Reminds rabbit owners to practice proper health and sanitary measures to prevent disease
The state Department of Agriculture and Markets has confirmed a case of rabbit hemorrhagic disease virus 2 (RHDV2) in a domestic rabbit in Montgomery County. RHDV2 is a highly contagious and fatal disease of domestic and wild rabbits that was first found in the United States in 2018.
The investigation is ongoing to determine the source of the virus in this case. RHDV2 does not affect humans or other animals.
While this case is an isolated incident and limited to one household, rabbit owners are being encouraged to ensure proper health and sanitary measures to prevent the disease by taking simple steps to reduce the chance of RHDV2 affecting rabbits.
The following best practices are recommended:
- Do not allow pet or wild rabbits to have contact with your rabbits or gain entry to the facility or home.
- Do not allow visitors in rabbitries or let them handle pet rabbits without protective clothing (including coveralls, shoe covers, hair covering and gloves).
- Always wash hands with warm soapy water before entering your rabbit area, after removing protective clothing and before leaving the rabbit area.
- Do not introduce new rabbits from unknown or untrusted sources. Do not add rabbits to your rabbitry from animal shelters or other types of rescue operations.
- If you bring outside rabbits into your facility or home, keep them separated from your existing rabbits for at least 30 days. Use separate equipment for newly acquired or sick rabbits to avoid spreading disease.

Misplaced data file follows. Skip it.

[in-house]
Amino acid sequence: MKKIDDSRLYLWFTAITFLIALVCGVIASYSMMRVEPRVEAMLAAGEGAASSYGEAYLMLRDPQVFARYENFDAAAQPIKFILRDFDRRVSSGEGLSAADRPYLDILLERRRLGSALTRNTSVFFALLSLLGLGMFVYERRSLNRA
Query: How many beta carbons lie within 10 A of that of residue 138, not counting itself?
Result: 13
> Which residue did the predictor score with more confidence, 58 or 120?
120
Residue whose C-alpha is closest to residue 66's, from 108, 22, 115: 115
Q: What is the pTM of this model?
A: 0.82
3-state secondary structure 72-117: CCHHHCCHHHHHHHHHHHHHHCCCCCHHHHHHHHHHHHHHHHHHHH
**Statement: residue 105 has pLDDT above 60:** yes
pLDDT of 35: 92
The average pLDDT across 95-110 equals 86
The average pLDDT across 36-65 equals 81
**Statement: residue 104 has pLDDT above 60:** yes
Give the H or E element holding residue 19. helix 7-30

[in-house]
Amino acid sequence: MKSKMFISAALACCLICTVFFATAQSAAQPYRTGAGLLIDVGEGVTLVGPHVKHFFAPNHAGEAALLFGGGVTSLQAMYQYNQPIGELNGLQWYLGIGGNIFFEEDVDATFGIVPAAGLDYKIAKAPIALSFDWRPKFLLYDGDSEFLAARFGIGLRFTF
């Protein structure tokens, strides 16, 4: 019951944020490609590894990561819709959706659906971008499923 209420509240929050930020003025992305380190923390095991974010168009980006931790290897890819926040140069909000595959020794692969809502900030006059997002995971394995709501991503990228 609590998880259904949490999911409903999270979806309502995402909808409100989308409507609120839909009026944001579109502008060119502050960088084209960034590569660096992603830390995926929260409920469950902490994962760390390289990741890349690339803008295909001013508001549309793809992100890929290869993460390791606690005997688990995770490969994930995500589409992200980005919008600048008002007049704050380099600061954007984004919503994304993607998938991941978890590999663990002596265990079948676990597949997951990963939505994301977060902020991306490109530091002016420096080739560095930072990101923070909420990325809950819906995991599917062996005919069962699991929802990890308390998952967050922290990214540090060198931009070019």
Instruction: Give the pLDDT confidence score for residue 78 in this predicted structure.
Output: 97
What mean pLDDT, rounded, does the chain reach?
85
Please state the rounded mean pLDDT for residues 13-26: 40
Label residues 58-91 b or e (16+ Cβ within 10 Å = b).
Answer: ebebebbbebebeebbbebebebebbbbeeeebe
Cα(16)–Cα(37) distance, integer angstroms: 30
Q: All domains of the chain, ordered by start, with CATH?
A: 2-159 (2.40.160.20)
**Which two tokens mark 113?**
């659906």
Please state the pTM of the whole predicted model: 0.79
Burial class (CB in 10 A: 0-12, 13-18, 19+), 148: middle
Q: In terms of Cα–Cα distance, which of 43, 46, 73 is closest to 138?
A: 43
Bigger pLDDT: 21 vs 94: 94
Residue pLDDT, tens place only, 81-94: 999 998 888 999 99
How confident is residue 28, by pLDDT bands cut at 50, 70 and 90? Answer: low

- Sanitize all equipment and cages moved on or off premises before they are returned to the rabbitry.
- Establish a working relationship with a veterinarian to review biosecurity practices.
More information on biosecurity and measures to prevent the spread of this disease can be found here.
Owners can also speak with their veterinarians about the potential use of a new vaccine for RHDV2, which was recently granted emergency use authorization by the USDA. Interested rabbit owners should contact their veterinarian for information on how to get their animals vaccinated.
Signs of RHDV2 in rabbits may include fever, lethargy, hemorrhage, seizures and sudden death. Rabbits typically show signs one to three days after being infected. The virus can survive in the environment for weeks or longer, and it can be spread through feed, bedding, equipment and other contaminated materials such as shoes and clothing.
This is the second occurrence of RHDV2 in New York. The first cluster of cases was in New York City in March 2020. The virus was quickly identified, isolated and eradicated.
RHDV2 is a reportable disease in New York. Sick or dead domestic rabbits should be reported to the State Veterinarian’s office at 518.457.3502 or to the USDA at 866.536.7593. Multiple wild rabbits found dead or wild rabbits with blood-stained noses should be reported to the state Department of Environmental Conservation’s Wildlife Health Unit at 518.478.2203. Wild rabbits found dead on the road do not need to be reported.